Standard Test Methods for Tension Testing of Nonmetallic Gasket Materials
4.1 These test methods are described in order to standardize procedures for determining the tensile strength of nonmetallic gasket materials. The measurement of this property characterizes various classes and grades of materials of a given type and in so doing, it will give the manufacturer a measurement of the quality of his product. It also will aid the purchaser of the gasketing materials to be able to determine whether the gasket material that he has approved for a given application is being manufactured in acceptable quality.
4.2 The measurement of this property should not be misconstrued as to give the purchaser of the gasket material an indication of the performance of that material in application.
4.3 The property may be useful in establishing material specifications.
4.4 Various procedures are given for the different types of materials, and in order to compare the results from one laboratory to another, it is imperative that the applicable procedure be selected.
4.5 Various types of tension-testing apparatus are allowed to be used. These types of equipment can produce different indicated results. Laboratories having different equipment may have to establish correlations between each other; otherwise, misinterpretation of the test data could result.
1.1 These test methods cover the determination of tensile strength of certain nonmetallic gasketing materials at room temperature. The types of materials covered are those containing asbestos and other inorganic fibers (Type 1), cork (Type 2), cellulose or other organic fiber (Type 3), and flexible graphite (Type 5) as described in Classification F104. These test methods are not applicable to the testing of vulcanized rubber, a method for which is described in Test Methods D412 nor for rubber O-rings, a method for which is described in Test Methods D1414.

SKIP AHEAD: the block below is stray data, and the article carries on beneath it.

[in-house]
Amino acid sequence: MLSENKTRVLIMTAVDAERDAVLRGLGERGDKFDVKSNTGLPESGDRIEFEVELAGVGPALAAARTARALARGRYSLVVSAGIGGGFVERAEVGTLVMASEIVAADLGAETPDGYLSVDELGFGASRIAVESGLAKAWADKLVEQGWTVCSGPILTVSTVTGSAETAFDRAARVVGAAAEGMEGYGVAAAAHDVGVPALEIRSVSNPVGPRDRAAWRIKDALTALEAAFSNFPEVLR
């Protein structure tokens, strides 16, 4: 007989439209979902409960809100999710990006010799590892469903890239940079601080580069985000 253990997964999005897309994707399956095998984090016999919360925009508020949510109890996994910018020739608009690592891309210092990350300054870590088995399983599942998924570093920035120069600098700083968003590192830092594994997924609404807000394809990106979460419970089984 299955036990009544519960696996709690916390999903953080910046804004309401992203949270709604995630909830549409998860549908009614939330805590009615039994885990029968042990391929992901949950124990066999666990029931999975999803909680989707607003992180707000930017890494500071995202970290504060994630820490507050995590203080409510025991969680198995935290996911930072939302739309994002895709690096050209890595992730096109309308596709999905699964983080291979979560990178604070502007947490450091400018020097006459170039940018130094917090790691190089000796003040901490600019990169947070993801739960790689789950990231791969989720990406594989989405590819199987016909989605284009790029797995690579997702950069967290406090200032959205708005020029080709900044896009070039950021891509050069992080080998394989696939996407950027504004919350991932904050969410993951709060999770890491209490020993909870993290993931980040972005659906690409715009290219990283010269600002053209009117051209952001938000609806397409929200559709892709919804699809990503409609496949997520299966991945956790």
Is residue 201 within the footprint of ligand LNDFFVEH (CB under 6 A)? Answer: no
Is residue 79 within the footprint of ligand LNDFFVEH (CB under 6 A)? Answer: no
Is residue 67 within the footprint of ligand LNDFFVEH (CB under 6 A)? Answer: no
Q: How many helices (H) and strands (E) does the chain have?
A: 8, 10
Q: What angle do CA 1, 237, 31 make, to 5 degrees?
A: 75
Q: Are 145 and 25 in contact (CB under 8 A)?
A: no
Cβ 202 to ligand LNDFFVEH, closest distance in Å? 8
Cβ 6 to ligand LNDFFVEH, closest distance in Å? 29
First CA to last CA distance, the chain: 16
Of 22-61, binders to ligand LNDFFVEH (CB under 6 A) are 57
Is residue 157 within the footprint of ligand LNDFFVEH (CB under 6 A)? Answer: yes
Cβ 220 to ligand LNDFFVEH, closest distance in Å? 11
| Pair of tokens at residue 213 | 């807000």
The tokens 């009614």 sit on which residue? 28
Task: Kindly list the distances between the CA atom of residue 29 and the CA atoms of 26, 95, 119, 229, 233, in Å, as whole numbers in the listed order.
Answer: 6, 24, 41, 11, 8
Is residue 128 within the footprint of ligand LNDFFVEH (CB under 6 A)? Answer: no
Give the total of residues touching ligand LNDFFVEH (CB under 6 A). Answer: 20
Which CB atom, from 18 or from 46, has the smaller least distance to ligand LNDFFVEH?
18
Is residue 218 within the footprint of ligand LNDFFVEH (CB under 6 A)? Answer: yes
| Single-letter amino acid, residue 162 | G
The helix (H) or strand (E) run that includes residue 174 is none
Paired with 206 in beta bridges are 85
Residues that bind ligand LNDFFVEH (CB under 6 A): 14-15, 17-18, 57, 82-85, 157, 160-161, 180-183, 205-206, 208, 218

1.2 The values stated in SI units are to be regarded as the standard. The values in parentheses are for information only.
1.3 This standard does not purport to address all of the safety concerns, if any, associated with its use. It is the responsibility of the user of this standard to establish appropriate safety and health practices and determine the applicability of regulatory limitations prior to use.
1.4 This international standard was developed in accordance with internationally recognized principles on standardization established in the Decision on Principles for the Development of International Standards, Guides and Recommendations issued by the World Trade Organization Technical Barriers to Trade (TBT) Committee.
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